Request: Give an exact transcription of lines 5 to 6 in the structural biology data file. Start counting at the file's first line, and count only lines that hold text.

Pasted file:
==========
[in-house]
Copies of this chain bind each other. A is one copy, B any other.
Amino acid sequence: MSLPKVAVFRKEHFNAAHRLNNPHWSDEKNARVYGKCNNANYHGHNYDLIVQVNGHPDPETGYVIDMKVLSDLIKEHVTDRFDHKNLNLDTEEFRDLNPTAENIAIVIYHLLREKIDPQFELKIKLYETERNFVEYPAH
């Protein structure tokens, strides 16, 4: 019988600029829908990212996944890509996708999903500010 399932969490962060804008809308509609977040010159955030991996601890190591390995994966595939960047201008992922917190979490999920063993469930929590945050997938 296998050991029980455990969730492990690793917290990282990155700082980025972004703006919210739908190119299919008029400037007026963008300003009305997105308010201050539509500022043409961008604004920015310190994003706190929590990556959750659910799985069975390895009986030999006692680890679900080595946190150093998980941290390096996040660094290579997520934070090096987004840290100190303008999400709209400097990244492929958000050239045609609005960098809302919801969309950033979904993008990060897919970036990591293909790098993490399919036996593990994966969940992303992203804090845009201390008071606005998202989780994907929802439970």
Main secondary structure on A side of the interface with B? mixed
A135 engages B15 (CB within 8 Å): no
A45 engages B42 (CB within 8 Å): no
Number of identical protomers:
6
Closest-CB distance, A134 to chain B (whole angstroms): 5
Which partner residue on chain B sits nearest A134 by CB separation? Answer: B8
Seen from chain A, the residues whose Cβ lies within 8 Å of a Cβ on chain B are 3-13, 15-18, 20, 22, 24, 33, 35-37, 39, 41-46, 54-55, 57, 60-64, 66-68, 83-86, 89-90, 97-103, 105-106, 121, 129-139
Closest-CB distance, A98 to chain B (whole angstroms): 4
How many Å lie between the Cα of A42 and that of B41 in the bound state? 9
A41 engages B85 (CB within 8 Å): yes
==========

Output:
Main secondary structure on A side of the interface with B? mixed
A135 engages B15 (CB within 8 Å): no